There has been further action taken at high-level government to make sure that rural communities in the UK are able to benefit from real broadband.
Infact DEFRA, the government department who are responsible for farming and forestry issues there are offering funds to provide Internet service beyond what the Broadband Delivery UK program are currently offering.
It is part of the second release of funds from the Rural Community Broadband Fund and is encompassing the hill farmers who are less likely to get real broadband. But this effort was part of newer financial incentives that were to target the rural community by the Farming Minister, Jim Paice.
There has been the issue of what technology to use, with the idea of implementing a fixed-wireless technology like “white-space” wireless broadband. But the European Union prefer to run with a fibre-rich wired technology if they have a hand in next-generation broadband setups and consider fixed-wireless as a “basic broadband service” alongside ADSL2. The question that was raised is whether a high-speed fixed-wireless link can be an answer for some rural areas where it is cost-prohibitive to roll out fibre-optic broadband.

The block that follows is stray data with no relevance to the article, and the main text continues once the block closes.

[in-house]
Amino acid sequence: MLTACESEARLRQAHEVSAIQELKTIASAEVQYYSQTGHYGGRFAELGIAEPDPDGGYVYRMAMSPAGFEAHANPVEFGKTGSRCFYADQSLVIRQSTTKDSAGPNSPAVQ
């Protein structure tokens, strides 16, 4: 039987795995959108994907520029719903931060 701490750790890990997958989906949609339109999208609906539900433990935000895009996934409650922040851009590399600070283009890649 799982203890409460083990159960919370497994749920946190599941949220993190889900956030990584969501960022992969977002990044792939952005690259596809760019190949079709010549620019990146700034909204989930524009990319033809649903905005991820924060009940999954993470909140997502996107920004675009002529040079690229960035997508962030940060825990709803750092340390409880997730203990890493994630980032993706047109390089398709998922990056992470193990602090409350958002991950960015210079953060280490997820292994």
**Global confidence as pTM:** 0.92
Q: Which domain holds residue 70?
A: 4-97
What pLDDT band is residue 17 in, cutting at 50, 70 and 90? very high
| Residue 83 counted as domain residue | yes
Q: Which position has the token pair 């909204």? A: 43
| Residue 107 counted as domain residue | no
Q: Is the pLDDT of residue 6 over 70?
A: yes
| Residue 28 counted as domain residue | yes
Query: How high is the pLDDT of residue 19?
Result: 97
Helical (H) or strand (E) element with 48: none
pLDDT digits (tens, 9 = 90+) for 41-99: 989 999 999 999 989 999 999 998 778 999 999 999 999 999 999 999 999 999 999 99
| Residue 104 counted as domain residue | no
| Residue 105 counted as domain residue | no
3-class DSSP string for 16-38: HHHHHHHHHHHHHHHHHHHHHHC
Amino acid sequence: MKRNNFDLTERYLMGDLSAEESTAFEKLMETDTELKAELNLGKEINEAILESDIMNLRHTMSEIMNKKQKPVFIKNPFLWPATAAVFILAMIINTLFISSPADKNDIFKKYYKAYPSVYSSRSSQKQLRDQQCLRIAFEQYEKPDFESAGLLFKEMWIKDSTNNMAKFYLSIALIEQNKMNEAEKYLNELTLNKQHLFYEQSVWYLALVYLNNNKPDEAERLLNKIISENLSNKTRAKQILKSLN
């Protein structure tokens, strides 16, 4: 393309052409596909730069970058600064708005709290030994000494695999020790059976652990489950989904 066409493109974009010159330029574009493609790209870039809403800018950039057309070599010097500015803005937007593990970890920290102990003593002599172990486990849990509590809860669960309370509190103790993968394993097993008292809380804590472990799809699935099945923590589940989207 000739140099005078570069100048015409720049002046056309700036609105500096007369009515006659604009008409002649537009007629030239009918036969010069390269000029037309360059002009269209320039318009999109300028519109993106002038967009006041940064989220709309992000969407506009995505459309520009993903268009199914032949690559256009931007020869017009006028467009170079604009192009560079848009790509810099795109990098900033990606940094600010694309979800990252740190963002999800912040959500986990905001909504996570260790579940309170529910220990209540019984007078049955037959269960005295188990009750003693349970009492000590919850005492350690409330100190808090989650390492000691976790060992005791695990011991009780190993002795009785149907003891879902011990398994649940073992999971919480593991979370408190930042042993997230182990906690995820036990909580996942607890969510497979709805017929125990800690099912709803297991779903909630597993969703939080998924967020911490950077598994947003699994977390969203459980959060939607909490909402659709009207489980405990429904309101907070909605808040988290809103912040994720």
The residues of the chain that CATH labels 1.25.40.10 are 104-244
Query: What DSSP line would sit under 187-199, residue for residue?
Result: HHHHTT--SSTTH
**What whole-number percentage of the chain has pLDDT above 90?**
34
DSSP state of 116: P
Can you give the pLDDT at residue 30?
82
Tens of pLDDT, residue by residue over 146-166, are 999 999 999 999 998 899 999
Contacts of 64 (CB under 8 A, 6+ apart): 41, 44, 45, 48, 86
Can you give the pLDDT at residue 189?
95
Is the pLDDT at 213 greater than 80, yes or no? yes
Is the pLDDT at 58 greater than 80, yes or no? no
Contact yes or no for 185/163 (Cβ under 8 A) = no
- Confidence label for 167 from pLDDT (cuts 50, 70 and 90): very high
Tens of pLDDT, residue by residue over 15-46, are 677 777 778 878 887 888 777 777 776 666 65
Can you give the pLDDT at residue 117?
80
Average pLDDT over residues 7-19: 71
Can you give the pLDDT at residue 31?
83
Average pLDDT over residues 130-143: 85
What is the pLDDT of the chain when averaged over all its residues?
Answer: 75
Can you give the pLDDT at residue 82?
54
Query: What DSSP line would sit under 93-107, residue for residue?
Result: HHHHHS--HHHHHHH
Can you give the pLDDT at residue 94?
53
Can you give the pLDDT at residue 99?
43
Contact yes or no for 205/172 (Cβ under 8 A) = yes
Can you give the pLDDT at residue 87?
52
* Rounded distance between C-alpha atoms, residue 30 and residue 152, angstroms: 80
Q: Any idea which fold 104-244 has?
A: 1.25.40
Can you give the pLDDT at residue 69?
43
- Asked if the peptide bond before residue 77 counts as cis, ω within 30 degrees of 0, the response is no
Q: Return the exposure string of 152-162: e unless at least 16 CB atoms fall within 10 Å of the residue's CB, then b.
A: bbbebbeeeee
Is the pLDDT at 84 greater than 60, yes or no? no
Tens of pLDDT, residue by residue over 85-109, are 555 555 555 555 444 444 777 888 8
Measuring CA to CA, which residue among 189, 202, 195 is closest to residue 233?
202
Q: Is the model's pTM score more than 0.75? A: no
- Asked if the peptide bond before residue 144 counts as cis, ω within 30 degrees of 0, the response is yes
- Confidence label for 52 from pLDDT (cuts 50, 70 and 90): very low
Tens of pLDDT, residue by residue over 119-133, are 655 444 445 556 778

Personally, I see this as another step, and one taken by a rural-affairs government department, to assure rural Britain of having access to decent-bandwidth real broadband Internet.